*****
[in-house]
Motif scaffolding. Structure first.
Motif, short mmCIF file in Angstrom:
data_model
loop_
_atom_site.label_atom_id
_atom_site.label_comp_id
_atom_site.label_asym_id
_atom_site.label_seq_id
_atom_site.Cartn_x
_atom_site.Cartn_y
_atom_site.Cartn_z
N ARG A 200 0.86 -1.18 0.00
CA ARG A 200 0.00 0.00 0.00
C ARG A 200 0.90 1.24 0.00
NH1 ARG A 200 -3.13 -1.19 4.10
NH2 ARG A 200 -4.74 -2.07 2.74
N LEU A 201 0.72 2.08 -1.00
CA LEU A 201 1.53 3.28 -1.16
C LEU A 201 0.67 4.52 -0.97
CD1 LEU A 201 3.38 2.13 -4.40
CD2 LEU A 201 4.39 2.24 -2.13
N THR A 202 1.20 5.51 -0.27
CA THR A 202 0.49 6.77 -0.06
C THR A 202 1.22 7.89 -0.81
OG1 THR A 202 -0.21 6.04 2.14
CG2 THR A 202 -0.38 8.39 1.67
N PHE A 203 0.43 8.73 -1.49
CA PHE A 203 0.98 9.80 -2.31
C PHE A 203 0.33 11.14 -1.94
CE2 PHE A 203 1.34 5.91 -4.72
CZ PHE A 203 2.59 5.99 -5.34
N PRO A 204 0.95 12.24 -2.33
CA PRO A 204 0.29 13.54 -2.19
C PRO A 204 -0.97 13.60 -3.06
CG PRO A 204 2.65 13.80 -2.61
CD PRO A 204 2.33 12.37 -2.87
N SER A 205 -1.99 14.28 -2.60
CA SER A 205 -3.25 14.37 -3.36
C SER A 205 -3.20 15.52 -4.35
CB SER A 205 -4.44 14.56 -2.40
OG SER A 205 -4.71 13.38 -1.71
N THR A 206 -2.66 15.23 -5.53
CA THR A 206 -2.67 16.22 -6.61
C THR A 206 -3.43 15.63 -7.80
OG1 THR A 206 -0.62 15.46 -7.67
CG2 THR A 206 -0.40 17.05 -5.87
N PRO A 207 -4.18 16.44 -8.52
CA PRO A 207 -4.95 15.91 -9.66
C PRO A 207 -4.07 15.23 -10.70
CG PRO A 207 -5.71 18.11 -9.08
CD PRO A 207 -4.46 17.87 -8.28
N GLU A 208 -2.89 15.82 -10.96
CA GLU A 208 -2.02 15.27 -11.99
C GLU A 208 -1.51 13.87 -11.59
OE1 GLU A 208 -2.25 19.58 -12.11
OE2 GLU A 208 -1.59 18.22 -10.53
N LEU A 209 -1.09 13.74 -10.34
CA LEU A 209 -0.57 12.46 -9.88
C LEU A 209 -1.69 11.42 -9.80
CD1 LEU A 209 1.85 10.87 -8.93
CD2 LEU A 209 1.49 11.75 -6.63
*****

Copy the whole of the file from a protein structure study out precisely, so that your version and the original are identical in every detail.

[in-house]
Motif scaffolding. Structure first.
Motif, short mmCIF file in Angstrom:
data_model
loop_
_atom_site.label_atom_id
_atom_site.label_comp_id
_atom_site.label_asym_id
_atom_site.label_seq_id
_atom_site.Cartn_x
_atom_site.Cartn_y
_atom_site.Cartn_z
N ARG A 200 0.86 -1.18 0.00
CA ARG A 200 0.00 0.00 0.00
C ARG A 200 0.90 1.24 0.00
NH1 ARG A 200 -3.13 -1.19 4.10
NH2 ARG A 200 -4.74 -2.07 2.74
N LEU A 201 0.72 2.08 -1.00
CA LEU A 201 1.53 3.28 -1.16
C LEU A 201 0.67 4.52 -0.97
CD1 LEU A 201 3.38 2.13 -4.40
CD2 LEU A 201 4.39 2.24 -2.13
N THR A 202 1.20 5.51 -0.27
CA THR A 202 0.49 6.77 -0.06
C THR A 202 1.22 7.89 -0.81
OG1 THR A 202 -0.21 6.04 2.14
CG2 THR A 202 -0.38 8.39 1.67
N PHE A 203 0.43 8.73 -1.49
CA PHE A 203 0.98 9.80 -2.31
C PHE A 203 0.33 11.14 -1.94
CE2 PHE A 203 1.34 5.91 -4.72
CZ PHE A 203 2.59 5.99 -5.34
N PRO A 204 0.95 12.24 -2.33
CA PRO A 204 0.29 13.54 -2.19
C PRO A 204 -0.97 13.60 -3.06
CG PRO A 204 2.65 13.80 -2.61
CD PRO A 204 2.33 12.37 -2.87
N SER A 205 -1.99 14.28 -2.60
CA SER A 205 -3.25 14.37 -3.36
C SER A 205 -3.20 15.52 -4.35
CB SER A 205 -4.44 14.56 -2.40
OG SER A 205 -4.71 13.38 -1.71
N THR A 206 -2.66 15.23 -5.53
CA THR A 206 -2.67 16.22 -6.61
C THR A 206 -3.43 15.63 -7.80
OG1 THR A 206 -0.62 15.46 -7.67
CG2 THR A 206 -0.40 17.05 -5.87
N PRO A 207 -4.18 16.44 -8.52
CA PRO A 207 -4.95 15.91 -9.66
C PRO A 207 -4.07 15.23 -10.70
CG PRO A 207 -5.71 18.11 -9.08
CD PRO A 207 -4.46 17.87 -8.28
N GLU A 208 -2.89 15.82 -10.96
CA GLU A 208 -2.02 15.27 -11.99
C GLU A 208 -1.51 13.87 -11.59
OE1 GLU A 208 -2.25 19.58 -12.11
OE2 GLU A 208 -1.59 18.22 -10.53
N LEU A 209 -1.09 13.74 -10.34
CA LEU A 209 -0.57 12.46 -9.88
C LEU A 209 -1.69 11.42 -9.80
CD1 LEU A 209 1.85 10.87 -8.93
CD2 LEU A 209 1.49 11.75 -6.63